Prospect has effortlessly made the transition from wiffle ball to tennis ball. Unfortunately, he refuses to give up the plastic bat he’s had since age four and which he still affectionately refers to as “Mr. Bluey.” His backyard fielding and hitting are coming along nicely, but at this point it’s his control of the ball that stands out, particularly when his little brother runs to first base and the prospect pretends that hitting the runner in the head is an accident instead of payback for a stolen Pop Tart.
Prospect and his companions have moved their game to a small field down the street, the use of real bats and baseballs having led to an unfortunate incident involving prospect’s kitchen window and many weeks of lost allowance. His talent continues to develop, and he leads his fellow players in home runs, doubles and coolness of headfirst slides. Hopefully, this is due to superior athletic skill and not the fact that he tends to play with kids who are at least a year or two younger than him.
Prospect has signed up for Little League, where his batting average and power numbers have taken a sharp dip due to his obvious fear of getting hit by the ball (which is not pitched in the slow, underhand manner to which he’s grown accustomed). Can only be viewed as a setback.
Prospect has quit Little League halfway through the season and is back playing with the younger neighborhood kids. Batting average soars.
Vowing that he will one day play in the big leagues, prospect has committed himself to a daily training program of video game baseball, which he has quickly come to prefer to the real thing. If physical skills ever approach video game skills, we have a potential superstar on our hands.
In an attempt to get prospect away from the TV, prospect’s parents have given him a pitch-back net, and he can be seen playing catch with himself for entire afternoons. While such devotion will be beneficial in a future major leaguer, he’s currently gaining a reputation as the creepily obsessed baseball kid, and fewer neighbors ask him to mow their lawns.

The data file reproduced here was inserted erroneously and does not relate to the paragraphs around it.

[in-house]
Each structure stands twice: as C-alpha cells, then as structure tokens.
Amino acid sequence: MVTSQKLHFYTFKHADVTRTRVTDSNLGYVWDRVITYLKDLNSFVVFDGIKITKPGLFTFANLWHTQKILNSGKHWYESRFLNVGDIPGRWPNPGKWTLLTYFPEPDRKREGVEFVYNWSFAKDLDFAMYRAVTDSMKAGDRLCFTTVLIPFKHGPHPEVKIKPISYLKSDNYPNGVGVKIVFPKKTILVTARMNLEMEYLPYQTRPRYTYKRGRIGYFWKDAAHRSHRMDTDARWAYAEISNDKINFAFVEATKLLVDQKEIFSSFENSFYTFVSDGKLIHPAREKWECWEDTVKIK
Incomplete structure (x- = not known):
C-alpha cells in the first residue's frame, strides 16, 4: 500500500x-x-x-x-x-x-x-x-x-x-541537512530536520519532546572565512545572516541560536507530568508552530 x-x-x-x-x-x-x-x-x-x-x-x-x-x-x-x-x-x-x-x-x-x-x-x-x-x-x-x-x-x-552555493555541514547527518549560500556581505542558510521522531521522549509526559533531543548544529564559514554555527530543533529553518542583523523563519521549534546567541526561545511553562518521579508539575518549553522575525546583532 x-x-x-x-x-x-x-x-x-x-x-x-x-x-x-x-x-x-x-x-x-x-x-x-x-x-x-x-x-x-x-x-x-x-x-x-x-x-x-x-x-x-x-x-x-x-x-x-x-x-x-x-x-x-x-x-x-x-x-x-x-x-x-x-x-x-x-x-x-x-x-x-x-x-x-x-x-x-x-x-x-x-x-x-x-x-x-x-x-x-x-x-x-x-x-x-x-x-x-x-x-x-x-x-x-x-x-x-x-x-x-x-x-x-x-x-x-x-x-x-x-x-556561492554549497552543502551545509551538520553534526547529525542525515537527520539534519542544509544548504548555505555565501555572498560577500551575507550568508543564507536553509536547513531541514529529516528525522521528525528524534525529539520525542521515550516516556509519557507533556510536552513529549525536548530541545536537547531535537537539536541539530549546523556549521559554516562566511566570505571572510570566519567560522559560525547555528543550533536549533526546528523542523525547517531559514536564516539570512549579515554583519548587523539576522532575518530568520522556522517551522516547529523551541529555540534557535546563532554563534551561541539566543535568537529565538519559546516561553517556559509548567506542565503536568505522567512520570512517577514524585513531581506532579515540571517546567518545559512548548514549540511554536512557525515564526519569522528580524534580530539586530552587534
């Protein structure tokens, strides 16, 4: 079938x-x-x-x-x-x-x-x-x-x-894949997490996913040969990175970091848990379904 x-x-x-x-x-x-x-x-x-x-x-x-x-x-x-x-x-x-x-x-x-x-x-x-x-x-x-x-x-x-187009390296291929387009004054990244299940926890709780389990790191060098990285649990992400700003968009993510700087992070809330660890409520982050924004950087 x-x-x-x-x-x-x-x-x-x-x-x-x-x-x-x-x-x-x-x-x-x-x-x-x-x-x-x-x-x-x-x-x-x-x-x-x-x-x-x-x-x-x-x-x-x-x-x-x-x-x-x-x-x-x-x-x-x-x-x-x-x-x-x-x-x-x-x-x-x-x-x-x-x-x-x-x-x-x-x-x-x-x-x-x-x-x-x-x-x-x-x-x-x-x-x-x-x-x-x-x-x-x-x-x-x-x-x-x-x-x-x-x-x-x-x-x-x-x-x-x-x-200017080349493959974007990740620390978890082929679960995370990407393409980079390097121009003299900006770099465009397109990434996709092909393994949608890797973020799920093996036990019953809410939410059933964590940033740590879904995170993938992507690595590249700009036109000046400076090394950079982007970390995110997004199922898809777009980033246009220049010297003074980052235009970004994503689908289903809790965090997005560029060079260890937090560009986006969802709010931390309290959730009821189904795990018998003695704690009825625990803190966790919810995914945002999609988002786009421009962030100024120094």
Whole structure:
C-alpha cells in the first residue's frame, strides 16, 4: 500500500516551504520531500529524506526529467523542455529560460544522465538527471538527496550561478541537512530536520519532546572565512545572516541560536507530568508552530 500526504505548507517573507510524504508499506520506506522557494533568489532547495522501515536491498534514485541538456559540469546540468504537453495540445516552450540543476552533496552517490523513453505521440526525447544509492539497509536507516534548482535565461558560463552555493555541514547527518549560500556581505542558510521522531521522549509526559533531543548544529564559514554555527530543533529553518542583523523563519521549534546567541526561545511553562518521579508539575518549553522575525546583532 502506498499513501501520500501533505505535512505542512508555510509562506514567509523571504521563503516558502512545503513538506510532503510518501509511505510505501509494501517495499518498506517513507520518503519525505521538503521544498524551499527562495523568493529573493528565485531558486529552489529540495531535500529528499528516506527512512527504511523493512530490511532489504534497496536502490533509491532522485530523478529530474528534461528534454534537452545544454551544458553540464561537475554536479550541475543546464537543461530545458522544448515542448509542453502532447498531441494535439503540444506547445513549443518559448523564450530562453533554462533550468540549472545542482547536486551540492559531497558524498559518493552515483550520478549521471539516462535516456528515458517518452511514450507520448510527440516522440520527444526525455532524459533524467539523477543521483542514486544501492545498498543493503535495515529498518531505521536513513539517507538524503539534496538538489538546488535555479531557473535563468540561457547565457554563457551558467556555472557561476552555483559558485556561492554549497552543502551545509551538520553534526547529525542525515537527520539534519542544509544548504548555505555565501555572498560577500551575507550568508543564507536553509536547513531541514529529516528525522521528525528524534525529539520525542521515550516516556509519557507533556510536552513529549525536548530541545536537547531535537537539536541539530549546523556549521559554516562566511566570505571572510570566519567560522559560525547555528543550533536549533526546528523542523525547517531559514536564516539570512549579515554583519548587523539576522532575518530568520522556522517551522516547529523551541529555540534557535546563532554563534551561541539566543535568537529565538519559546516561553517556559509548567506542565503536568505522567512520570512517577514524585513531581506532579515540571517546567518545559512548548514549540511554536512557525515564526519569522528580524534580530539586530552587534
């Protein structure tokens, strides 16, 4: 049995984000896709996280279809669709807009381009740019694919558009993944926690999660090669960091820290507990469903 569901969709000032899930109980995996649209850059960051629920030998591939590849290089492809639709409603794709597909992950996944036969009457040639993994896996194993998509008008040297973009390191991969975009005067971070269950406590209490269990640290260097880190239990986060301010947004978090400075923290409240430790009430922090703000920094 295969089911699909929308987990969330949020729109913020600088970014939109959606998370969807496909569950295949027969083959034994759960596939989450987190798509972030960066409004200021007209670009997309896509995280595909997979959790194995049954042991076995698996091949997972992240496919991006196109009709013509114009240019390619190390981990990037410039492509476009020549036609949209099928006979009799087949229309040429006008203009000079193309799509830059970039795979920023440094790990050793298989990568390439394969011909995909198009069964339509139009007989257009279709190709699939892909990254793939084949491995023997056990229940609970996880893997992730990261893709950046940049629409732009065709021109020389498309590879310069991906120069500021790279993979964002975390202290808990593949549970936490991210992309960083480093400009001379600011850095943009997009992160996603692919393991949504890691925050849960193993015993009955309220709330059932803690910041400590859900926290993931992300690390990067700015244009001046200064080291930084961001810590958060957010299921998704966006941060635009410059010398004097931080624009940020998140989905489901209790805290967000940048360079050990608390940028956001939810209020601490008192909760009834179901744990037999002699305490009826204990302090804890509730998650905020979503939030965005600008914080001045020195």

After what must be a million throws, the pitch-back net has at last broken. Worried parents clearly elated.
Prospect went 3-for-3 in his gym class softball game, prompting a member of the baseball team to casually mention that he should try out for this year’s team. Hard to tell if he was being serious. (Prospect’s three hits were all bloop singles, making sarcasm a distinct possibility.) In any case, prospect seemed happy with himself, even if he didn’t actually try out for the team, preferring to watch reruns of Knight Rider instead.
Prospect spotted at a neighborhood batting cage in a misguided attempt to impress his date. Even though the mechanism allows no potential for error, unfailingly delivering each 60-mph pitch over the plate, prospect is still noticeably afraid of getting hit. Continued scouting not recommended. Zero probability of him ever reaching the bigs, and only slightly better chance of him reaching first base metaphorically.
Update: under pressure from work friends, this long-forgotten prospect has joined a softball league, where the pitches are slow and underhand again. He’s quickly developed into the seventh-best player on his team. If he continues at this rate, chances are good he could become a player of note in the softball league, or at least a player of note on his own team.
Prospect has been kicked off his team for hitting an opponent in the head as that player ran to first. Victim apparently took a can of beer from prospect’s team bench and prospect felt retaliation was needed. He now spends much of his free time on a strip of grass behind his apartment building, playing with a vintage pitch-back net purchased from eBay. He’s gaining a reputation as the creepily-obsessed baseball guy from 3A, and fewer neighbors talk to him on the elevator.